Ever since I heard the third debate between President Barack Obama and Gov. Mitt Romney was going to be on a Monday night, I've been complaining about the overlap to anyone who'd listen.
Why would you go head-to-head with "Monday Night Football," the sports juggernaut on ESPN? Why remove 10-14 million potential viewers (that's been the range of MNF viewers this season) from the equation?
At least there wasn't going to be a baseball playoff game at the same time, I thought. Well, I was wrong. And so tonight, you have the perfect TV viewing storm: Cardinals and Giants play game 7 of the National League Championship Series at 5 p.m. PDT; Lions and Bears play MNF at 5:30 p.m. PDT; and the debate starts at 6 p.m.
So I was pleased today to get the following alert via email about Thuuz, an app that rates the excitement level of games and alerts you when there's a must-watch moment:
Tonight is shaping up to be an epic night in America, with Monday Night Football, Game 7 of the NLCS and the third presidential debate all taking place at the same time and fighting for our attention. Warren Packard, a well-known VC turned entrepreneur, has created a technology to help sports fans in situations just like these. Warren created an app that uses a mathematical algorithm to predict the excitement level of a live sporting event, which adjusts in real-time as the game progresses.
Thuuz, based in Mountain View, alerts your smartphone to the most exciting, NFL, MLB, NBA, NHL, etc. games on a scale of 0-100. With the free app, you can watch the debate this evening but know you'll be alerted when the football game or Game 7 of the NLCS is at a point where you can't miss what's happening and should flip stations immediately. Warren just secured over $4 million in funding for this technology.
DISH Network also recently launched its new GameFinder app based on the Thuuz Sports Discovery Platform. DISH subscribers on legacy set-top-boxes can pair with Thuuz for Google TV, enabling automated recordings based on personalized sports preferences, ensuring that sports fans never miss a moment of the best sports events. Thuuz also surfaces live streaming sports content offered by Sprint, AT&T and T-Mobile, creating opportunities to tune in to exciting games via content sources that are typically more challenging to find.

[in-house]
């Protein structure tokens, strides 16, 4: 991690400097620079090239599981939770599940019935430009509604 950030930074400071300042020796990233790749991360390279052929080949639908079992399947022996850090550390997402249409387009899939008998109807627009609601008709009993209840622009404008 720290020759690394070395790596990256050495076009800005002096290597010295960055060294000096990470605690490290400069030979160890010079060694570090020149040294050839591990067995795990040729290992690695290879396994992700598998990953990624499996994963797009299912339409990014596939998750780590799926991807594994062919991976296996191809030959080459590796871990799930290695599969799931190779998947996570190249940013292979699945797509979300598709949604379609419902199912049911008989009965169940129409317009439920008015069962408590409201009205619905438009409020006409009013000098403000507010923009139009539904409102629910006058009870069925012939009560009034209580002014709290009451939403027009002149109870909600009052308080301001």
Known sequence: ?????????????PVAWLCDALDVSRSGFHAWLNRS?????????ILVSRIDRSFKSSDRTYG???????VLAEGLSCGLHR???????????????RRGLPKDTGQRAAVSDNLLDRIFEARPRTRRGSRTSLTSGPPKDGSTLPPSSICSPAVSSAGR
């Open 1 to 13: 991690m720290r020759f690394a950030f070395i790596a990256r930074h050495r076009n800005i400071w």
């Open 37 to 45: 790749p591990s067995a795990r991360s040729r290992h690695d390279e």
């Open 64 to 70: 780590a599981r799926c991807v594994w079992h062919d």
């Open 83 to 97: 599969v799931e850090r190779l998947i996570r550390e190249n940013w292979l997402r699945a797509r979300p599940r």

I've downloaded Thuuz (it has iPhone, Android and, interestingly, Google TV versions) and look forward to seeing how this might help with tonight's dilemma.
The third and final presidential debate coincides with ESPN's "Monday Night Football" game between the Chicago Bears, from President Obama's adopted hometown, and the Detroit Lions, hailing from Mitt Romney's birthplace.
What's a patriotic American to do?
ESPN is subtly advertising a solution: watch both. Not with a picture-in-picture display on the TV screen -- that's so 1990s -- but with two screens, like a TV set and an iPad.
A pair of ads that started appearing on ESPN on Saturday promote the WatchESPN app, which allows subscribers of certain cable companies to watch ESPN on phones and computers at no additional charge.
"This debate will be settled on the gridiron," one of the ads says, after referencing the verbal battle that will be taking place on a stage in Boca Raton, Fla. The ad concludes, "Don't miss a minute of Monday Night Football on ESPN, the WatchESPN app and WatchESPN.com."
Have your tried Thuuz or WatchESPN? What is your strategy for dealing with tonight's viewing options? Tell us in the comments.